You can take your 90s Batman flicks and your VHS copy of Return to Oz and throw them out the window because Cats will be rightfully taking their place as the creepiest, tackiest movie ever geared towards children. From the moment that the trailer was released, the internet has been in shambles. Nobody can seem to figure out why the characters have been subjected to half-baked CGI, making them appear more human than animal, nor can anyone theorize what the film is actually about. And having spent the opening night in a completely empty theatre, I can assure you all, Cats ushers in a new kind of horror that appears hell-bent on becoming a cult classic.
Based on Andrew Lloyd Webber’s Broadway musical of the same name, Cats explores the world of “Jellicle cats” on the night of the annual Jellicle Ball, where one cat is chosen to ascend to the Heaviside Layer (essentially, cat heaven) and be reborn. It’s a fairly morbid ordeal as the central conflict arises from the competition of these cats all wanting to exit their lives and start anew. Acclaimed director Tom Hooper (Les Misérables, The King’s Speech, The Danish Girl) took on this ambitious material and truly made it his own — but not in the way you would hope. While the CGI cats are extremely off-putting, there is no denying the distinct atmosphere surrounding their London borough. Through a strangely intoxicating set design, Hooper is able to draw the audience in spite of the film’s utterly boring plot. But there’s only so much that aesthetically-pleasing neon signage can pull together.
Cats feature a star-studded cast, comprised of James Corden, Judi Dench, Jason Derulo, Idris Elba, Jennifer Hudson, Ian McKellan, Taylor Swift, and Rebel Wilson. None of these performances were granted enough screen time to judge them fairly, however, in her limited sequences, Hudson really gives it her all. She plays Grizabella, an outcast who spends the bulk of the film skulking and sobbing until she randomly belts out a song that redeems her for whatever she had done wrong. While hers was a calculatedly heartfelt performance, the real star of the show was Derulo, whose presence in the film as Rum Tum Tugger, a rebellious and flirty Jellicle cat, was not only fun but radically entertaining. But when the best part of a film is Jason Derulo, there’s a definite issue.
I would have been intrigued to see more Francesca Hayward, who plays the film’s protagonist, Victoria. Considering the fact that Cats centers around her arrival on this pivotal night, Victoria is surprisingly granted few lines and is constantly subjected to hearing the life stories of various other Jellicle cats. This film is Hayward’s first acting role as she has been a dancer with the Royal Ballet for the last decade. Her familiarity and precision with movement would have been much better served with her as the focal point but was cheaply discarded for the likes of Wilson and Corden.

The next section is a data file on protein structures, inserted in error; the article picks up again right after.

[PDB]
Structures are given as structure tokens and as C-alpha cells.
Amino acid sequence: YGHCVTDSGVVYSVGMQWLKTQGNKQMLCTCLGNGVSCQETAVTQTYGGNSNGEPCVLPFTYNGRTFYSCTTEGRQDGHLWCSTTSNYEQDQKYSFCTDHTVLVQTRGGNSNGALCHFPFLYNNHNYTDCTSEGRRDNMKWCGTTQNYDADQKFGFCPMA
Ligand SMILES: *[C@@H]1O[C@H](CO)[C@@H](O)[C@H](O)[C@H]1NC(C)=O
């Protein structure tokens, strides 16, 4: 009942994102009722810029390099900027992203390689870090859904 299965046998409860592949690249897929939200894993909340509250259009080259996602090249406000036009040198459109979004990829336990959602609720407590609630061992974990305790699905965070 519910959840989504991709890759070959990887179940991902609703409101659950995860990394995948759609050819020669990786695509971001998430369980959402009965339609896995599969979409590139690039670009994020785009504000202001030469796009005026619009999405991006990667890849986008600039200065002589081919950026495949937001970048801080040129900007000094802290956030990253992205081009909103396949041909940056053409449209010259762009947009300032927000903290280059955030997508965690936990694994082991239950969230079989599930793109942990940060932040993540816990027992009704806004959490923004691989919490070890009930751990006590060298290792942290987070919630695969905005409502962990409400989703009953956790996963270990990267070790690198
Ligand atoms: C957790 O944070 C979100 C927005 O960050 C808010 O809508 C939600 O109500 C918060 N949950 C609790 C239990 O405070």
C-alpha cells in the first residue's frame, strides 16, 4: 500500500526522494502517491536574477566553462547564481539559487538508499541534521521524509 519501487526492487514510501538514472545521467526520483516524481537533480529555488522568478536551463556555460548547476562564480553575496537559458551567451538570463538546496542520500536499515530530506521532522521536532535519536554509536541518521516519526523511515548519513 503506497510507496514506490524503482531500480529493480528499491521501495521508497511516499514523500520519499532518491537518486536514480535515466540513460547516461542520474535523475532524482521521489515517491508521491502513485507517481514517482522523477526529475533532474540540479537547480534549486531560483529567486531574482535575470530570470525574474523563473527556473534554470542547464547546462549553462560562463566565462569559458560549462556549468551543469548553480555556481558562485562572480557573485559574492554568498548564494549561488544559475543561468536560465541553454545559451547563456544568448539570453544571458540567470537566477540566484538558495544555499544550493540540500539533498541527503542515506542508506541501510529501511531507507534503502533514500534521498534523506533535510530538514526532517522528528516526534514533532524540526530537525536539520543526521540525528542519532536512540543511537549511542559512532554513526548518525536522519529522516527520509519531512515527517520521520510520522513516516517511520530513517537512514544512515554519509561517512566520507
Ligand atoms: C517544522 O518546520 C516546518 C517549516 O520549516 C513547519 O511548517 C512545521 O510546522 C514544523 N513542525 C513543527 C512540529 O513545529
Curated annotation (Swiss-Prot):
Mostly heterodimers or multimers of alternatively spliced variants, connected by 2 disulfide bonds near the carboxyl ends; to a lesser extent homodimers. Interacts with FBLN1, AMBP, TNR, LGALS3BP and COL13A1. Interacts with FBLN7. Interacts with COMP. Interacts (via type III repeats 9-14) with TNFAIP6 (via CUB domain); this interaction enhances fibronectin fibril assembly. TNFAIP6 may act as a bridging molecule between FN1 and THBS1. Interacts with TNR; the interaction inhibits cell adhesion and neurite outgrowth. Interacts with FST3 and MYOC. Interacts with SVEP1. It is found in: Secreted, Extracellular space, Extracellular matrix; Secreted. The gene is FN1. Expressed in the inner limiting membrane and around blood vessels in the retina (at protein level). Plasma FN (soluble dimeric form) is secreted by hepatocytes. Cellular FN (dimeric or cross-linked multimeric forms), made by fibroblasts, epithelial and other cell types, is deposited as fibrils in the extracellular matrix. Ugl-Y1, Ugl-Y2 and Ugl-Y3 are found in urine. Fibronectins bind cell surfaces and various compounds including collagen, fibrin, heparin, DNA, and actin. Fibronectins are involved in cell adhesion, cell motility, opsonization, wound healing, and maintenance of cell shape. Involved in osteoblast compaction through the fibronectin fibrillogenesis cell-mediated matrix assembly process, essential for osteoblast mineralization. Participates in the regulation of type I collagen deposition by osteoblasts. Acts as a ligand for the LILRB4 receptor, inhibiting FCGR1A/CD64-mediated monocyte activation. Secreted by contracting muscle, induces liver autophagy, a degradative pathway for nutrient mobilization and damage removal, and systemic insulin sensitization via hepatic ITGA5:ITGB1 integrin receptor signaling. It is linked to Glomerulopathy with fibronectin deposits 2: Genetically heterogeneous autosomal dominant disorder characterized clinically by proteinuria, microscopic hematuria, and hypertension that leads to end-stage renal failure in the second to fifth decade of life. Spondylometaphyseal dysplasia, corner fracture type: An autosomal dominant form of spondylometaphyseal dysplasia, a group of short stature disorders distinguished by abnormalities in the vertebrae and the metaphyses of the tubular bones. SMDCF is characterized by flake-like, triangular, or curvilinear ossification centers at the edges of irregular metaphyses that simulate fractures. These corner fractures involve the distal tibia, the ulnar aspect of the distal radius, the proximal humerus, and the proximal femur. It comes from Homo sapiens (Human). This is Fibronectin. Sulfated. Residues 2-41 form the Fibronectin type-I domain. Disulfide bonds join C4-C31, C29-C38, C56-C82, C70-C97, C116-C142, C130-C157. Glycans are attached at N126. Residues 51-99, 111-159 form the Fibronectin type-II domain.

Technicalities aside, we have to get something out of the way: the sexual tension in this movie is off the charts. The female cats are shown to have breasts and wide hips and every dance sequence is uncomfortably lusty. Swift’s entire scene was short, over-sexualized, and completely unnecessary. Also, the dialogue runs rampant with innuendos, nearly to the point of exhaustion. Why? I found myself repeatedly asking this same question, given the film’s PG rating. This salaciousness does nothing but hinder an already questionable plotline and renders it even more inappropriate and difficult for its target demographic to follow.
With a budget of 95 million USD, there really is no excuse for how poorly edited this was. The film is plagued with continuity errors and sloppy cuts that make it feel low budget. Hooper also frequently undercuts the theatricality that made the musical iconic and diverts his tone with every passing scene. The plot is so catastrophically non-specific that the genre is malleable; at times, Cats feels like a horror or thriller film, at others, it is utterly comedic. But despite its non-stop singing, the film rarely feels like a musical. It fails to encapsulate the whimsy that any good Broadway show assures and every musical number was just another cat’s introduction, with the exception of one confusing cockroach number where all the cockroaches, of course, had human faces.
Sexed-up felines and dancing cockroaches aside, the real problem with Cats is its inherent futility. You can easily walk out of the theatre understanding absolutely nothing but frankly, it’s not as though the film has much to say. Cats rely heavily on nostalgia brought forth from those who adore its source material. Within the first twenty minutes, the term “Jellicle” is flung around aimlessly as though the audience is familiar with its definition. The way in which the characters are introduced implies a prior understanding of their role in the plot.
While pretty horrendous overall, Cats does have its moments. The dancers are undoubtedly talented and move with the fluidity of actual cats and, at times, it can be funny, but for all the wrong reasons. Ultimately, none of this was enough to salvage the dumpster fire that was this confusing and never-ending fever dream. Cats is an unsurprisingly bad movie that has virtually nothing going for it and will likely age like milk (no pun intended). Whether it garners its cult classic status has yet to be determined but frankly, I’d rather this film be buried with the 2010s and never spoken about again.